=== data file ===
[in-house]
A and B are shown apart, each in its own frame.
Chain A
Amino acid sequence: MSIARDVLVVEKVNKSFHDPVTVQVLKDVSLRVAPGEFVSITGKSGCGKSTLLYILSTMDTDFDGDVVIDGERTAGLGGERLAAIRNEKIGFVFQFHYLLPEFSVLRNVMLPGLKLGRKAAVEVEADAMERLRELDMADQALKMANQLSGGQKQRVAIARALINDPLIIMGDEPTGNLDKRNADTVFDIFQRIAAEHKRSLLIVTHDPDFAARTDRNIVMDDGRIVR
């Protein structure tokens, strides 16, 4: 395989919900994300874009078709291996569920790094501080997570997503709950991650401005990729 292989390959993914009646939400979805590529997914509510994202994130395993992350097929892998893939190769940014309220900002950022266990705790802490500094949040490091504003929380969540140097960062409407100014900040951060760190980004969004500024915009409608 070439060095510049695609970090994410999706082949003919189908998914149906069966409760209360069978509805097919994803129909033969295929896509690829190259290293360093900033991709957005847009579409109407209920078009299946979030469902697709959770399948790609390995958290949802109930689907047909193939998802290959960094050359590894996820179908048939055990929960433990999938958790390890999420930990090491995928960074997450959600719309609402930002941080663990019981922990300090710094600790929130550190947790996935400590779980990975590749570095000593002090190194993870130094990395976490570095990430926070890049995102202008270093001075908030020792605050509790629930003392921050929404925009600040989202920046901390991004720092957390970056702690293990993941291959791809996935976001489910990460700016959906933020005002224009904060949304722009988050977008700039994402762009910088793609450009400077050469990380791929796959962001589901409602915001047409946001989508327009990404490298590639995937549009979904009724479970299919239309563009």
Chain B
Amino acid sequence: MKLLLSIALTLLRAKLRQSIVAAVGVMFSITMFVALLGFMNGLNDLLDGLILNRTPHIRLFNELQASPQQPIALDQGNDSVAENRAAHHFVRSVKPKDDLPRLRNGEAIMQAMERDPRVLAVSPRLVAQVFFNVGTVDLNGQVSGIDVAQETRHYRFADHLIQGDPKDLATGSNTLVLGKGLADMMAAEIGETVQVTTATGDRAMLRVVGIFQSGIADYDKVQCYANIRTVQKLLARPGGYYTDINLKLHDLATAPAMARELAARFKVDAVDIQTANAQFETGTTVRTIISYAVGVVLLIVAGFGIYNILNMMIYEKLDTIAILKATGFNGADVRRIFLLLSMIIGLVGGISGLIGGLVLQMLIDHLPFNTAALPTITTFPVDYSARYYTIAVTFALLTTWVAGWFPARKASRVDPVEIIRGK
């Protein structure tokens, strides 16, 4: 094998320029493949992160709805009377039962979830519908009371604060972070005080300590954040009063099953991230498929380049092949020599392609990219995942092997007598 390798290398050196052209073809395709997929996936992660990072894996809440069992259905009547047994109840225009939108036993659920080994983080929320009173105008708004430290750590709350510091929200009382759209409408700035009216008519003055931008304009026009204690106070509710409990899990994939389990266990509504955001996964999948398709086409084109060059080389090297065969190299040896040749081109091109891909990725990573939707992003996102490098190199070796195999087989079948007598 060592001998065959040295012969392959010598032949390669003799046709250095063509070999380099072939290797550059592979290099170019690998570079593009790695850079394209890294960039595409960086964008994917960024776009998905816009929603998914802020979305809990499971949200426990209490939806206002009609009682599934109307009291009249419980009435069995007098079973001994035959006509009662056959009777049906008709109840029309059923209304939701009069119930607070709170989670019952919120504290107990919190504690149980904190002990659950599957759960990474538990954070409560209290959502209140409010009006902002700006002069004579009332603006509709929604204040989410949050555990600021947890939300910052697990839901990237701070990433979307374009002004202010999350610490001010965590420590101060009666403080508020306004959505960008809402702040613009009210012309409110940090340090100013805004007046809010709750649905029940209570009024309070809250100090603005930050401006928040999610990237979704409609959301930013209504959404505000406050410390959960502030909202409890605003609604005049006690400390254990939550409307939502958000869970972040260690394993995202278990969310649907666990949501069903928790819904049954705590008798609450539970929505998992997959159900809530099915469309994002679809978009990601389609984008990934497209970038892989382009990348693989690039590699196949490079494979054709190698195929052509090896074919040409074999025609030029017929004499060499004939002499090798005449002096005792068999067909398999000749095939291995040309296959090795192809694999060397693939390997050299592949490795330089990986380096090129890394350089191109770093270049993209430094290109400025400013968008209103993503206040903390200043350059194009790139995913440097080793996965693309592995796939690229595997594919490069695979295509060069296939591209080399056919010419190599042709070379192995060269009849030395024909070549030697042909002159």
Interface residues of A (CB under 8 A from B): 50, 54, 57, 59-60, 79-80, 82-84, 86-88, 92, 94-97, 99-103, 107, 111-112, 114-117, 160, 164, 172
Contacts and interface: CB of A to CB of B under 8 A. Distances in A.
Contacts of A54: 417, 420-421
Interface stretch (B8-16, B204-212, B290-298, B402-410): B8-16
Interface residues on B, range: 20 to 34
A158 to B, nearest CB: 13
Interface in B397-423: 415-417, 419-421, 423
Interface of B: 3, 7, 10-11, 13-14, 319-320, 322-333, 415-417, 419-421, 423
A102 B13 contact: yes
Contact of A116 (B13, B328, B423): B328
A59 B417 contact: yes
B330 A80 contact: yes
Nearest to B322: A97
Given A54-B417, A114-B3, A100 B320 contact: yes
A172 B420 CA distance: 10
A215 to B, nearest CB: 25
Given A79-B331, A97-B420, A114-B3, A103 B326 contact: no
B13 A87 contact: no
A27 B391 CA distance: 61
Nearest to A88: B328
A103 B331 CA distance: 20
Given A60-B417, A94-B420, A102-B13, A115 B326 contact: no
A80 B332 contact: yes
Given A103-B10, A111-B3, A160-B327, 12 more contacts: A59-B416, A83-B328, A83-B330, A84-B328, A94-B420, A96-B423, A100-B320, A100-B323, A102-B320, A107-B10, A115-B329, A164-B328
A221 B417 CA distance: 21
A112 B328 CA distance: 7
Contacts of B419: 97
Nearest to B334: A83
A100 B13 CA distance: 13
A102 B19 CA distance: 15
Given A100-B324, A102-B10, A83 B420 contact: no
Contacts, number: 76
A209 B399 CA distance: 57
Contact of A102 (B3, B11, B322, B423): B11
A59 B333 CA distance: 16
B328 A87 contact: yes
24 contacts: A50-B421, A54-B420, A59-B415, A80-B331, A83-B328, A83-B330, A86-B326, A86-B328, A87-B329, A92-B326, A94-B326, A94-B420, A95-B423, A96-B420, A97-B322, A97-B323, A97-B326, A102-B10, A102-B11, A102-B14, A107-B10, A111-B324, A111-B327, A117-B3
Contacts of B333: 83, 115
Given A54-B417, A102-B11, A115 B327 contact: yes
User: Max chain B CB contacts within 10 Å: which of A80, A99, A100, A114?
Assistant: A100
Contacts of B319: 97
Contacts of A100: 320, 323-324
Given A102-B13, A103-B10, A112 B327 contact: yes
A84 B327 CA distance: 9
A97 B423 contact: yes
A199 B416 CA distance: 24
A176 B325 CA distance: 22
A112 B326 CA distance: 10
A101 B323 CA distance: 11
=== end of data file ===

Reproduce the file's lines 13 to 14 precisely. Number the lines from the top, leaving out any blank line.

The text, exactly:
Interface residues on B, range: 20 to 34
A158 to B, nearest CB: 13